Red moon in the darkness

On Wednesday, 15th June 2011 (or Thursday 16th June for certain time zones) is full moon and a total lunar eclipse at the same time. However, it will only be completely visible in the Near and Middle East. In Asia and Australia, the moon will be already set and in Europe and Africa, the moon will be just rising by the time the lunar eclipse takes place. In America, this event won’t be visible at all.

What happens during a lunar eclipse? The Moon moves through the shadow that Earth – being illuminated by the Sun – casts onto the Moon and therefore appears darkened to an observer from Earth, for a duration of one to two hours. The requirement for the visibility of the lunar eclipse is, next to the cloudless sky, the observer has to be located on the dark side of the globe and the Moon has to have risen and consequently be above the horizon.

A lunar eclipse always takes place at full moon, because the constellation of the Sun > Earth > Moon is also responsible for the full moon. The Moon is additionally on the ecliptic of the Earth in the case of a lunar eclipse.

Differently, as with the solar eclipse, where the Sun turns black, is the Moon during the lunar eclipse as it takes on a copper red colour. This is caused by the refraction of the sun rays in the Earth’s atmosphere. You could possibly compare it with the reddish light of a sunrise or sunset on Earth. This reddish light is the reason for the red surface of the Moon during the lunar eclipse.

Although the scholars of antiquity, like Aristotle, had already recognised what was happening in the sky during a solar or lunar eclipse, these events have been misconstrued as a bad omen in different cultures for many centuries. The darkening of light was interpreted as the symbol of the superior power of the dark and evil forces over the light and the good. This evoked fear and led to various rituals and measures that were taken. For example, the Easter date in the Christian ecclesiastical year, has been defined, so that no solar or lunar eclipse can take place on Good Friday.

Fortunately, today we know the meaning of the astronomic events and are able to face them without projections.

We have compiled further information and all the dates:
Lunar eclipse on 15th/16th June 2011

Column: Worth reading, Worth seeing | 15 comments | Leave a comment
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  • After many years of taking a walk on the full moon sometimes up to 6 hour we have noticed that the weather will hold clear and clemant up to the time of the full moon. Usually one day past a full moon you can forget it the clouds will open and the winds will howl. I was sitting with a group of friends on Friday last the day of a full moon. Two others in that group had made the same observation – good weather right up to full moon then a decline. Others iun the group had never noticed and some did not know where the moon was anyway. My question is: Do different parts of the world have calm weather on a full moon and if that is possible how can it be that it’s not common knowledge?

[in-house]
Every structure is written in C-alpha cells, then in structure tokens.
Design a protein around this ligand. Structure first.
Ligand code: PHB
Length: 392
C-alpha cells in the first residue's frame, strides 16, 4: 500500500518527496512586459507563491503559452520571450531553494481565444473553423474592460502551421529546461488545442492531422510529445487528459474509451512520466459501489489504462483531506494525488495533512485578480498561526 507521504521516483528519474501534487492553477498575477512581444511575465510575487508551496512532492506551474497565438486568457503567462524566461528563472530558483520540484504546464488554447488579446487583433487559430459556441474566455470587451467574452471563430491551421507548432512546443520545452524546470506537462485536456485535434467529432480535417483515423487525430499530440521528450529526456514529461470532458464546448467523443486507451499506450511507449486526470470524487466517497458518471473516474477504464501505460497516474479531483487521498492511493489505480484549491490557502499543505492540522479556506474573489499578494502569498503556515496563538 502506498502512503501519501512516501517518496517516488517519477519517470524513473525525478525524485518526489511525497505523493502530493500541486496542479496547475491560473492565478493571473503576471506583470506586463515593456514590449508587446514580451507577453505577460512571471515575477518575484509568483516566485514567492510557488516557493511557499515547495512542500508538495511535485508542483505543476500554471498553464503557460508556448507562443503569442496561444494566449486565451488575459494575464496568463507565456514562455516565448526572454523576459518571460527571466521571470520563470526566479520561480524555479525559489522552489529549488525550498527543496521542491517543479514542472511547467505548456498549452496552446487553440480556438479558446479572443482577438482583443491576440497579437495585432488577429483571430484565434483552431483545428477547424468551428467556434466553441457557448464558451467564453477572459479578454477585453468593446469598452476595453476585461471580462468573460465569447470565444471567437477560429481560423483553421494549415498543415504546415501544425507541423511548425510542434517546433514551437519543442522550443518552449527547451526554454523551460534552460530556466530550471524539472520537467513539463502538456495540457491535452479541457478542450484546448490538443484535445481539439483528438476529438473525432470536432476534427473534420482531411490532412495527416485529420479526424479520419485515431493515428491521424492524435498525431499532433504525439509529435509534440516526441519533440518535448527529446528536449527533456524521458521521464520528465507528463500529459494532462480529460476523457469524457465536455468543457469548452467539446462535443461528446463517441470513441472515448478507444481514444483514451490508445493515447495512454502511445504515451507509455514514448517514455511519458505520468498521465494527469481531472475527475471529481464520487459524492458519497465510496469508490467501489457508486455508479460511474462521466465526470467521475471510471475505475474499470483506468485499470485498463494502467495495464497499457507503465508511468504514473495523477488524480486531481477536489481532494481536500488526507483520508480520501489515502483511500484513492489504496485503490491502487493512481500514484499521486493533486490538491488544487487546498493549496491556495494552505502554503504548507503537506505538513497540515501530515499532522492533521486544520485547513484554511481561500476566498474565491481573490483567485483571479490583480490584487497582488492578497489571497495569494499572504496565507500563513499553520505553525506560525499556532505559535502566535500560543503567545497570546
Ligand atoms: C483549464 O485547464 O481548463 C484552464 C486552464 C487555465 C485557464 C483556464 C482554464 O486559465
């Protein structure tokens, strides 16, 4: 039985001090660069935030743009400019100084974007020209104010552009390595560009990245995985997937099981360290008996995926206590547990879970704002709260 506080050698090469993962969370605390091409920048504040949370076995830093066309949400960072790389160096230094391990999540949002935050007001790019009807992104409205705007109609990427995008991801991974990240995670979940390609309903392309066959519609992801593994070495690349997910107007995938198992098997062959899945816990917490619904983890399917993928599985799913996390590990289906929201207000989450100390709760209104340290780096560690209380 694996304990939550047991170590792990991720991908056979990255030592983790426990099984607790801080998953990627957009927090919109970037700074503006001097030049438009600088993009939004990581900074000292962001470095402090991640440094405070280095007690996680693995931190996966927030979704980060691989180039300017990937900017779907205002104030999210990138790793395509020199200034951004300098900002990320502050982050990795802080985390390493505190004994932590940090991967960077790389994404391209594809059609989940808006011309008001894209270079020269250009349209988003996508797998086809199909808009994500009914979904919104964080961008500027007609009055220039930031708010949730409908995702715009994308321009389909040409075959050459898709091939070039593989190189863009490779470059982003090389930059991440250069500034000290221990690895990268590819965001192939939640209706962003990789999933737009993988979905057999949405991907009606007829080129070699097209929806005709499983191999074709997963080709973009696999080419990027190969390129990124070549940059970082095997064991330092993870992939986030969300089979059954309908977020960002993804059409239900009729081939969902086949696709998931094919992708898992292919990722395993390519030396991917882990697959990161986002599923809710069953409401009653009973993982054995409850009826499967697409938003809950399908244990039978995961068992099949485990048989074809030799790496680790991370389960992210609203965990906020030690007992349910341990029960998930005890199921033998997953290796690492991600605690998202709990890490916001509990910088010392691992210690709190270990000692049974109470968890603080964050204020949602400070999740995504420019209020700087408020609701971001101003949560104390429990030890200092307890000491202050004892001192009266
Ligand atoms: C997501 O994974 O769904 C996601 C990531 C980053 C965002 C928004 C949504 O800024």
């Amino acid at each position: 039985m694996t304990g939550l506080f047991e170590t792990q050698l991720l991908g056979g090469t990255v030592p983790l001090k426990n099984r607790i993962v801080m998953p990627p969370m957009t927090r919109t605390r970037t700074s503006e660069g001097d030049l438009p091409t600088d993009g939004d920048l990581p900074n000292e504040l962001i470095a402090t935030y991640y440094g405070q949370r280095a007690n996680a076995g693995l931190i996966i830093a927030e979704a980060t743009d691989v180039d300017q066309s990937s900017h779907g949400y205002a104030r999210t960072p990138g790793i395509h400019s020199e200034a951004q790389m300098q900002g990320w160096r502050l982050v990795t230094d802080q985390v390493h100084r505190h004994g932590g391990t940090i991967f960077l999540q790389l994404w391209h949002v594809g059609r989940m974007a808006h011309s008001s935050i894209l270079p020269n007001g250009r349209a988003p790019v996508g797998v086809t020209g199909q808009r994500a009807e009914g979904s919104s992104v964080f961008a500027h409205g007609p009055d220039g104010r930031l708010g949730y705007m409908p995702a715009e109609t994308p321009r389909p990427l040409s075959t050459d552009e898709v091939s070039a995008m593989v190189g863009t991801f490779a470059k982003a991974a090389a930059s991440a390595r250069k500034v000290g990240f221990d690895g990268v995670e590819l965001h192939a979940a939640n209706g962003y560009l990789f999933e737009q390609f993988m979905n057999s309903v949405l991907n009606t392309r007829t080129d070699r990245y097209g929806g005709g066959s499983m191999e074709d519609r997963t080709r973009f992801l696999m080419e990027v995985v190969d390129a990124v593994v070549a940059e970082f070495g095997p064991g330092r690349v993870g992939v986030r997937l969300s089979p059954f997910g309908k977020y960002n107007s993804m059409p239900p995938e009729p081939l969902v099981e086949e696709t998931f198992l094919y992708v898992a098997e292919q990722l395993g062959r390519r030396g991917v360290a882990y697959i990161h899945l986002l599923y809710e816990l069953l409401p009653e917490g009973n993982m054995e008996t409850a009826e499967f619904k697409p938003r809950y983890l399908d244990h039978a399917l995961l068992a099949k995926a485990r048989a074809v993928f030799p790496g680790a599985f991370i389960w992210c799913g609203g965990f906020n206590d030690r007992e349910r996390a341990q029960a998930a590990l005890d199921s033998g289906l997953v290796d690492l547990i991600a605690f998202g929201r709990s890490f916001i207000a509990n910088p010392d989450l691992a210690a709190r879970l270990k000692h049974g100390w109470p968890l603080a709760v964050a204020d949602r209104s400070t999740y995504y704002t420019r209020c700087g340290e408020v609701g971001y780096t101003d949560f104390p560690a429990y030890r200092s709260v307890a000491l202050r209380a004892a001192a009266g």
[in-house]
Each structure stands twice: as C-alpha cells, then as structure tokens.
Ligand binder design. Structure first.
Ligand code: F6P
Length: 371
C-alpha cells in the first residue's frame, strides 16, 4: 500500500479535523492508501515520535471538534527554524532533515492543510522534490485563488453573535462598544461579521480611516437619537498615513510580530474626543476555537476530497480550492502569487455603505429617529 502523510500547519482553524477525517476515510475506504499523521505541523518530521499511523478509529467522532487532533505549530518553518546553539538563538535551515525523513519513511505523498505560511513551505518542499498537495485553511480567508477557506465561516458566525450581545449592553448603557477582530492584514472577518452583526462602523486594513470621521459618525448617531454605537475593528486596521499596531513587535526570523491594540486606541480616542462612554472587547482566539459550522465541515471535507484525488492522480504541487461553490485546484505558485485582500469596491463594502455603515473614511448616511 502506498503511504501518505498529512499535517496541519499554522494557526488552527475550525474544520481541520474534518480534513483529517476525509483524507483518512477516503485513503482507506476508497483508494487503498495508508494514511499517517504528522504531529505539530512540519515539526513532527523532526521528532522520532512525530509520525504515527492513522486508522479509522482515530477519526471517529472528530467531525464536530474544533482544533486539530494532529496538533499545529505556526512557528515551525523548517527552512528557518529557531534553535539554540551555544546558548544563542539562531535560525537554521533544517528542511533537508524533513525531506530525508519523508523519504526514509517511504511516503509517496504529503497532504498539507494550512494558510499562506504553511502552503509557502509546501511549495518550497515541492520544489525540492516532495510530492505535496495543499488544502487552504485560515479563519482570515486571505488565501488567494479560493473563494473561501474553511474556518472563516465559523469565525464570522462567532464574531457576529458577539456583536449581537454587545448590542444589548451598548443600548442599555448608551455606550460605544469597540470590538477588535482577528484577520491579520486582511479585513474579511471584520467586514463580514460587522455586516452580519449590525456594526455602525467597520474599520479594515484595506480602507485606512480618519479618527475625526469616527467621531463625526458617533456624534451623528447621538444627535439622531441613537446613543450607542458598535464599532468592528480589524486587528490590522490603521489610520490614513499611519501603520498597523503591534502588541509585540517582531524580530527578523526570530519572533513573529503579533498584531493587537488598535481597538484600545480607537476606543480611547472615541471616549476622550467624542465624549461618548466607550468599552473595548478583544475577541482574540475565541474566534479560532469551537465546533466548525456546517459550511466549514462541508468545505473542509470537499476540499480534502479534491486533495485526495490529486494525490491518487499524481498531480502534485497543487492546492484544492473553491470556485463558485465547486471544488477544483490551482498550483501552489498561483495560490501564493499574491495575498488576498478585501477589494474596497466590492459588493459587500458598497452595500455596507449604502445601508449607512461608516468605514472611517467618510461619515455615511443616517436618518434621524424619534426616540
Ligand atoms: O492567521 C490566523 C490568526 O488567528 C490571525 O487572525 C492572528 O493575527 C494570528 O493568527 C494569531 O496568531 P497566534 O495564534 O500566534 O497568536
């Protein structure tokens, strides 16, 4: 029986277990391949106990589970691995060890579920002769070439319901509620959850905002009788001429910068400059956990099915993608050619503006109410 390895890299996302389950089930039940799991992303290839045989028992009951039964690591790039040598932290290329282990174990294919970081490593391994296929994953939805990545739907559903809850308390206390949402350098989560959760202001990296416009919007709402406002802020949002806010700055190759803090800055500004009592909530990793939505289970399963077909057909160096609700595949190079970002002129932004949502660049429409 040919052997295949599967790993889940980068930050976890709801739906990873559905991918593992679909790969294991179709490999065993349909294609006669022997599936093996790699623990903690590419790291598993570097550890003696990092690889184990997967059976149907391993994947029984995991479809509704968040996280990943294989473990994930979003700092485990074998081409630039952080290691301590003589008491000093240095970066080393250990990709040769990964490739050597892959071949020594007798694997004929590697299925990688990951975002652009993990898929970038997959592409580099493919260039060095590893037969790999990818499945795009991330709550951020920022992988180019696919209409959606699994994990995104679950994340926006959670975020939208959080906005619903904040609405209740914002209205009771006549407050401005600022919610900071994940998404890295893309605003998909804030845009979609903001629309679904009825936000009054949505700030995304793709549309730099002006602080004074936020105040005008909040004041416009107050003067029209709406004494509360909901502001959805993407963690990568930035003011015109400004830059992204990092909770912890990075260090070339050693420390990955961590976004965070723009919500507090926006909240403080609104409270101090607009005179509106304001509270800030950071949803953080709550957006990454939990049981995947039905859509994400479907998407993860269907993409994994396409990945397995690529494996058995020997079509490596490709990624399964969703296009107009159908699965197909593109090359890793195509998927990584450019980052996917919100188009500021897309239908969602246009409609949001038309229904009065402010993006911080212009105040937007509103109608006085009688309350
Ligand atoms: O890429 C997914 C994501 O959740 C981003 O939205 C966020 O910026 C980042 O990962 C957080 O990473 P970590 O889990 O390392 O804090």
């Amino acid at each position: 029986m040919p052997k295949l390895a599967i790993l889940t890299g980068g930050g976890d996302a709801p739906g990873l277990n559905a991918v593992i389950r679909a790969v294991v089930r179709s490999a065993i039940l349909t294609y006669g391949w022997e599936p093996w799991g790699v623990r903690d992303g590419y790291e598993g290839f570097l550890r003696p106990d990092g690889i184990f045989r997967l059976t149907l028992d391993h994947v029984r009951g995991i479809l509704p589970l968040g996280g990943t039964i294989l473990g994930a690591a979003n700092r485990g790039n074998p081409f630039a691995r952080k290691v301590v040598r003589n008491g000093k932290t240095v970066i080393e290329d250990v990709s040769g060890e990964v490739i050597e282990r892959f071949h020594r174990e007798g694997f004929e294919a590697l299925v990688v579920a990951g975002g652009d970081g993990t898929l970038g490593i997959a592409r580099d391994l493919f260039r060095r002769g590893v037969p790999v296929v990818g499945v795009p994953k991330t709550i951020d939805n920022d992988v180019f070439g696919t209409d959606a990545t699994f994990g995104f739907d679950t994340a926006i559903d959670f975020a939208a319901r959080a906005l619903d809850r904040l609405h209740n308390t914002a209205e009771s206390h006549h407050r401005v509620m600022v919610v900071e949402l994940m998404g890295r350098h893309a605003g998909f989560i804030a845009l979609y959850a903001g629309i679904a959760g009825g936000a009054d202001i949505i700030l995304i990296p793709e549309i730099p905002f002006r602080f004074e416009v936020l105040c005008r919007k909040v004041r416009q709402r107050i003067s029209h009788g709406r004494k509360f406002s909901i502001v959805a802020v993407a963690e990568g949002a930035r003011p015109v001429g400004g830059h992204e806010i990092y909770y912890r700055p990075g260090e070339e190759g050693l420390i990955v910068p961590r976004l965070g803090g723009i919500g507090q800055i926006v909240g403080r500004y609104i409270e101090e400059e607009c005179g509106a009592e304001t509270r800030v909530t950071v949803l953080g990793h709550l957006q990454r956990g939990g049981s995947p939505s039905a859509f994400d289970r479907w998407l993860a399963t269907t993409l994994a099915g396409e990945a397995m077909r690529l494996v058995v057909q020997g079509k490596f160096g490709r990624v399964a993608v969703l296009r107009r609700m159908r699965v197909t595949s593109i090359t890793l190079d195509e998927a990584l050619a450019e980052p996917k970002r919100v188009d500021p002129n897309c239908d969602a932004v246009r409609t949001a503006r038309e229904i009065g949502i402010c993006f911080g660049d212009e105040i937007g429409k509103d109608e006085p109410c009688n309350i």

• I was in Bulgaria at the time of this lunar eclipse. It was amazing, this is the first time I’ve ever seen this. I was not aware of the eclipse, until I was walking outside late that night, and noticed that a chunk was missing from the moon. This was strange, since there was supposed to be a full moon that evening. After a few minutes I realized what was going on – it had to be the shadow of the earth blocking the light from the sun. I walked down to the beach to observe the rest of the happening. It was truly amazing. The moon seemed to glow like a dimmed red or dark orange light-bulb, and I can imagine that Mars could look like this. The energy-level at the hotel was low that night, not what I would expect at a full moon. I felt calm, awake, but not energized like I normally am at full moon.

  • Very sorry, no decent photos, it was cloudy in the Maldives.

  • My friend works in the Maldives, I am hoping that he will get a good view of the eclipse and be able to send me some photos. Am I correct?

    • Yes, the Maldives have the time zone MVT (UTC +5), the lunar eclipse will be on Thursday, 16th June 2011, 01:12:37 am, local time with probably very good conditions to see the eclipse in all its beauty! We would be glad to see some of these photos, too!

      • Thanks for such a quick reply, I hope to get to see some wonderful photos as well, if I do I’ll certainly pass them on to you! His island runs an hour ahead of standard Maldivian time, so he should see it an hour earlier at about 00.12 am.
        Love your site and the full moon ecards!

  • The shadow of the Earth is always there on the side away from the Sun, extending out into space from our night-side, like a tunnel or tube of darker area – sometimes it’s actually visible during an eclipse

  • That sucks, i would have really looked forward to seeing this. But oh well, how many years would it be until the next Lunar Eclipse?

    • The next total eclipse will be on 10th December 2011. Again here, you may have issues with visibility as it takes place during the daytime. However, your next hot spot will be 14th/15th April 2014. This will be the next total lunar eclipse that is visible in America.

  • Wow! I never knew most of this information. I really like the layout of this website and I will pass it on to my friends at school. Thank you. Do you happen to know when the first lunar eclipse was recorded or written down by someone?

    • This is a good question, indeed! Possibly, this might have been one of these old guys like Aristotle. We will find out and report!

  • why wont we be able to seee it in america?

    • Because the lunar eclipse is already over by the time the Moon rises at the eastern coast of the Americas.

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